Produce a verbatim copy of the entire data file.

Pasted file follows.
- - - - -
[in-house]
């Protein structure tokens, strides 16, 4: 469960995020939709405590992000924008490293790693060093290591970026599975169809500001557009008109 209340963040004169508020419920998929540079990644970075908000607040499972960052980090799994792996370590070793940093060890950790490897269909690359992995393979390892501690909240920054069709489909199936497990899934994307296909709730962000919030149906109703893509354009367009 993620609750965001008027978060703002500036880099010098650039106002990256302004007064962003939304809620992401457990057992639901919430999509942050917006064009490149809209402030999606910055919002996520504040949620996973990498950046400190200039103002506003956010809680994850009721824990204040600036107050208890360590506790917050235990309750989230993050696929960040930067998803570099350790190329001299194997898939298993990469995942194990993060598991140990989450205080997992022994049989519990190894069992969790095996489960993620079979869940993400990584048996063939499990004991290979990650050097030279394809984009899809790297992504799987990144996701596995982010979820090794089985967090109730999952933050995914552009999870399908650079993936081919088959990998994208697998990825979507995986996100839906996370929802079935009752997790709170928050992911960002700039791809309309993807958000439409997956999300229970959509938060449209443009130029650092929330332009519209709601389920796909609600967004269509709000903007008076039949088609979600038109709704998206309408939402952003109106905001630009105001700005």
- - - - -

[in-house]
């Protein structure tokens, strides 16, 4: 469960995020939709405590992000924008490293790693060093290591970026599975169809500001557009008109 209340963040004169508020419920998929540079990644970075908000607040499972960052980090799994792996370590070793940093060890950790490897269909690359992995393979390892501690909240920054069709489909199936497990899934994307296909709730962000919030149906109703893509354009367009 993620609750965001008027978060703002500036880099010098650039106002990256302004007064962003939304809620992401457990057992639901919430999509942050917006064009490149809209402030999606910055919002996520504040949620996973990498950046400190200039103002506003956010809680994850009721824990204040600036107050208890360590506790917050235990309750989230993050696929960040930067998803570099350790190329001299194997898939298993990469995942194990993060598991140990989450205080997992022994049989519990190894069992969790095996489960993620079979869940993400990584048996063939499990004991290979990650050097030279394809984009899809790297992504799987990144996701596995982010979820090794089985967090109730999952933050995914552009999870399908650079993936081919088959990998994208697998990825979507995986996100839906996370929802079935009752997790709170928050992911960002700039791809309309993807958000439409997956999300229970959509938060449209443009130029650092929330332009519209709601389920796909609600967004269509709000903007008076039949088609979600038109709704998206309408939402952003109106905001630009105001700005």